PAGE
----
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High-Speed Way to Detect Location, Size, and Category of Multiple Objects

A new high-speed method to detect the size, location, and category of several objects has been developed by scientists. This is done without needing images or requiring complicated scene reconstruction.

High-Speed Way to Detect Location, Size, and Category of Multiple Objects

Researchers have developed a new high-speed way to detect the location, size, and category of multiple objects without acquiring images or requiring complex scene reconstruction. Image Credit: Lintao Peng, Beijing Institute of Technology

Since the new method highly reduces the computing power essential for object detection, it could be beneficial for determining risks while driving.

Our technique is based on a single-pixel detector, which enables efficient and robust multi-object detection directly from a small number of 2D measurements.

Liheng Bian, Research Team Leader, Beijing Institute of Technology in China

Bian added, “This type of image-free sensing technology is expected to solve the problems of heavy communication load, high computing overhead, and low perception rate of existing visual perception systems.”

The image-free perception techniques that are available currently could only obtain single object recognition, classification, or tracking. To carry out all three at a time, the scientists came up with a method called image-free single-pixel object detection (SPOD).

In the Optica Publishing Group journal Optics Letters, the scientists have reported that SPOD could achieve an object detection precision of just above 80%.

The SPOD method builds on the research group’s earlier accomplishments in coming up with an imaging-free sensing technology as effective scene perception technology. Their previous work consists of image-free classification, segmentation, and character recognition depending on a single-pixel detector.

For autonomous driving, SPOD could be used with lidar to help improve scene reconstruction speed and object detection accuracy. We believe that it has a high enough detection rate and accuracy for autonomous driving while also reducing the transmission bandwidth and computing resource requirements needed for object detection.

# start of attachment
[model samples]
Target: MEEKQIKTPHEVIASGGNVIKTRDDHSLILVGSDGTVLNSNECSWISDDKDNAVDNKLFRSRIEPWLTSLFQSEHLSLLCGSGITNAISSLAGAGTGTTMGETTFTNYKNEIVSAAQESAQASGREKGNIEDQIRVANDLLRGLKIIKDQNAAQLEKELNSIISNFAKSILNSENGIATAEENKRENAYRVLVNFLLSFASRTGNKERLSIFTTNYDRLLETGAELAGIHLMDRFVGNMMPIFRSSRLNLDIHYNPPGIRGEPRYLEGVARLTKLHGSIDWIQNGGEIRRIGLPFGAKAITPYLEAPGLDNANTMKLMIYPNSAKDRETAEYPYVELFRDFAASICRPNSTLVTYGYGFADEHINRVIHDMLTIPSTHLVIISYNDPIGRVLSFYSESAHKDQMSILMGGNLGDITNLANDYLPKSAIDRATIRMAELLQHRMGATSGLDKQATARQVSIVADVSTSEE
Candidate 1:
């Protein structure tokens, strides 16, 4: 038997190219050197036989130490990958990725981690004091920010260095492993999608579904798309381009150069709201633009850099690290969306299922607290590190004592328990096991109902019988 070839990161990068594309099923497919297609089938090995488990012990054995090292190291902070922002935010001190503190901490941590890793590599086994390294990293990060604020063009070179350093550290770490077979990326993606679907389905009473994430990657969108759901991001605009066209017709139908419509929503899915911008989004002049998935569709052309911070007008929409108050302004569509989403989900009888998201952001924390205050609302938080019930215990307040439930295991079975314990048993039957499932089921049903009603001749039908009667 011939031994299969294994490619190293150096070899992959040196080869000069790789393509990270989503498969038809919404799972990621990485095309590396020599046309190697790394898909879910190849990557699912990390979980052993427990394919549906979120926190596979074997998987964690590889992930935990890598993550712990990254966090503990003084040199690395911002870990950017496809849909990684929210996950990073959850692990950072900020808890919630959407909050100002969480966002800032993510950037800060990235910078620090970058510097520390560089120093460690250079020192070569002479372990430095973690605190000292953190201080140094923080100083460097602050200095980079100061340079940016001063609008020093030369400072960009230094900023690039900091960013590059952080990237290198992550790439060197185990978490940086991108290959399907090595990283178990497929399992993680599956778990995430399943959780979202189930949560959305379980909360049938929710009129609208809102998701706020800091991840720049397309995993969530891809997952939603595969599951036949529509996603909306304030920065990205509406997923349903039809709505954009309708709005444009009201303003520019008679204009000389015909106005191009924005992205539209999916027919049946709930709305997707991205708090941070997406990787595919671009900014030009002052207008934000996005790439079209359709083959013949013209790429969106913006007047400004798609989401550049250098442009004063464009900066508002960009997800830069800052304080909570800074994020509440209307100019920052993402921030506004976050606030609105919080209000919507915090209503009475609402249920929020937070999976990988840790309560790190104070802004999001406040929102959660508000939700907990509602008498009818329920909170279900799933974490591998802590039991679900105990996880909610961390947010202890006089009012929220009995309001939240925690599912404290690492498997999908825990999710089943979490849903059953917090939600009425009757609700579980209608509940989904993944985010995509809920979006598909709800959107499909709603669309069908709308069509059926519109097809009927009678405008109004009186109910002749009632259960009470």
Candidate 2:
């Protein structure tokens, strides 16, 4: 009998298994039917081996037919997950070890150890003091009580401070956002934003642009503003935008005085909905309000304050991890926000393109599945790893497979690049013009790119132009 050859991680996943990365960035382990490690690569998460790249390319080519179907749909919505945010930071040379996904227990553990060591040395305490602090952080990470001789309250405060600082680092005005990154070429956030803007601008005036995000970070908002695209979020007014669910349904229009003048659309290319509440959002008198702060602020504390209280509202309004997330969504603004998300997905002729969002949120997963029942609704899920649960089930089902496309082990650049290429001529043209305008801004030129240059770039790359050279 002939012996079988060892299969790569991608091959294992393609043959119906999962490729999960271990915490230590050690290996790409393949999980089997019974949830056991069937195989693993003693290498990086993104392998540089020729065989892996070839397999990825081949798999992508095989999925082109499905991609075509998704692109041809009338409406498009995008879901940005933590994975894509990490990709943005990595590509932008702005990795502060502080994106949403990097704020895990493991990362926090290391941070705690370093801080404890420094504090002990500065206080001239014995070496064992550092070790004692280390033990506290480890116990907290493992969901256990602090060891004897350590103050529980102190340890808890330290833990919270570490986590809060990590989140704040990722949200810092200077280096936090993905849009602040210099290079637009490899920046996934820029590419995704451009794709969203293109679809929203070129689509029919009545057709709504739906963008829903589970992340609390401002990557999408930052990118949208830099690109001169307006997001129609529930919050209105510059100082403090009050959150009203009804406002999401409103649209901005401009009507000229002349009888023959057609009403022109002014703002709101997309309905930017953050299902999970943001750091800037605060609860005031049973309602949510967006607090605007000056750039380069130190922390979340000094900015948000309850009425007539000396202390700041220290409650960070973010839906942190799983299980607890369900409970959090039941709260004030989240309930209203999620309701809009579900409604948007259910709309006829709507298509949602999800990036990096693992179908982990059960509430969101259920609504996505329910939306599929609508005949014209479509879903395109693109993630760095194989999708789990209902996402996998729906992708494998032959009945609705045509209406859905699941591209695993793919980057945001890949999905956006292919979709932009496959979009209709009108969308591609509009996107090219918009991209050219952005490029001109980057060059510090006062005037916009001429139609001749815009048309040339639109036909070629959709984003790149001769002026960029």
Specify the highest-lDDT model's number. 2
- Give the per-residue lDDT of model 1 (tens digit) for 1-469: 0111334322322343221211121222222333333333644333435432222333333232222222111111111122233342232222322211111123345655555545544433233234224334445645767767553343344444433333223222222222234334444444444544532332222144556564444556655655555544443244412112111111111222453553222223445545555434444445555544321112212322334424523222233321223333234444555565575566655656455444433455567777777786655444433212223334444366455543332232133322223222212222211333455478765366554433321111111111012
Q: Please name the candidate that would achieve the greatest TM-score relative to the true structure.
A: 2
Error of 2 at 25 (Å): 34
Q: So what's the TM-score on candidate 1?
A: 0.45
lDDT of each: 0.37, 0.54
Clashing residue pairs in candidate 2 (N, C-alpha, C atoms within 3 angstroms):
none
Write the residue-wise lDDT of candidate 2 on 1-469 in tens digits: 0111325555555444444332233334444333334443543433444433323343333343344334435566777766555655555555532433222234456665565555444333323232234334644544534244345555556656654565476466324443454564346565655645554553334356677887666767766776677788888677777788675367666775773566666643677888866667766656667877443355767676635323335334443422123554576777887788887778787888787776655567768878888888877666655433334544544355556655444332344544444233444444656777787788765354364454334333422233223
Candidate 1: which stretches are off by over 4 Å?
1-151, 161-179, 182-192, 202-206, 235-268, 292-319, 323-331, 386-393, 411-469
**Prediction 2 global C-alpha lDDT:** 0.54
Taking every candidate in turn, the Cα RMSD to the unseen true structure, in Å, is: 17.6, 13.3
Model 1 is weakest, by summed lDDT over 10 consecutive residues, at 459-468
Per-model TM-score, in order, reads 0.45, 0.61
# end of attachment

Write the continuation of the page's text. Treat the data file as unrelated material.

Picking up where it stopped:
Liheng Bian, Research Team Leader, Beijing Institute of Technology in China

Detection Without Images

Generally, automating advanced visual tasks—if utilized to navigate a vehicle or track a moving plane—need elaborate images of a scene to withdraw the features essential to determine an object.

But, this needs either complicated imaging hardware or complex reconstruction algorithms, resulting in long running time, high computational cost, and heavy data transmission load. 

Image-free sensing techniques depending on single-pixel detectors have the potential to reduce the computational power required for object detection.

Rather than applying a pixelated detector like a CMOS or CCD, single-pixel imaging illuminates the scene having a sequence of structured light patterns. Also, it further records the transmitted light intensity to obtain the spatial information of objects. This data is then utilized to computationally rebuild the object or to evaluate its properties.

As far as SPOD is concerned, the scientists made use of a small but improved structured light pattern to rapidly scan the complete scene and achieve 2D measurements.

Such measurements are fed into a deep learning model called a transformer-based encoder to withdraw the high-dimensional significant features in the scene. Further, these features are fed into a multi-scale attention network-based decoder, which outputs the location, class, and size information of all targets in the scene at the same time. 

Compared to the full-size pattern used by other single-pixel detection methods, the small, optimized pattern produces better image-free sensing performance. Also, the multi-scale attention network in the SPOD decoder reinforces the network’s attention to the target area in the scene. This allows more efficient extraction of scene features, enabling state-of-the art object detection performance.

Lintao Peng, Group Member, Beijing Institute of Technology

Proof-of-Concept Demonstration

For SPOD to be illustrated experimentally, the scientists built a proof-of-concept setup. The images chosen randomly from the Pascal Voc 2012 test dataset were printed on film and then utilized as target scenes.

When a sampling rate of 5% was utilized, the average time to finish image-free object detection and spatial light modulation for every scene with SPOD was just 0.016 seconds. This is much quicker compared to executing the scene reconstruction first (0.05 seconds) and further object detection (0.018 seconds). SPOD displayed an average detection precision of 82.2% for all the object classes included in the test dataset.

Peng added, “Currently, SPOD cannot detect every possible object category because the existing object detection dataset used to train the model only contains 80 categories. However, when faced with a specific task, the pre-trained model can be fine-tuned to achieve image-free multi-object detection of new target classes for applications such as pedestrian, vehicle, or boat detection.”

Further, the scientists plan to extend the image-free perception technology to other types of detectors and computational acquisition systems to obtain reconstruction-free sensing technology.

Journal Reference:

Okamura, S., et al. (2023) Ultrafast measurement of vector spatial modes by using two-dimensional linear optical sampling. Optics Letters.


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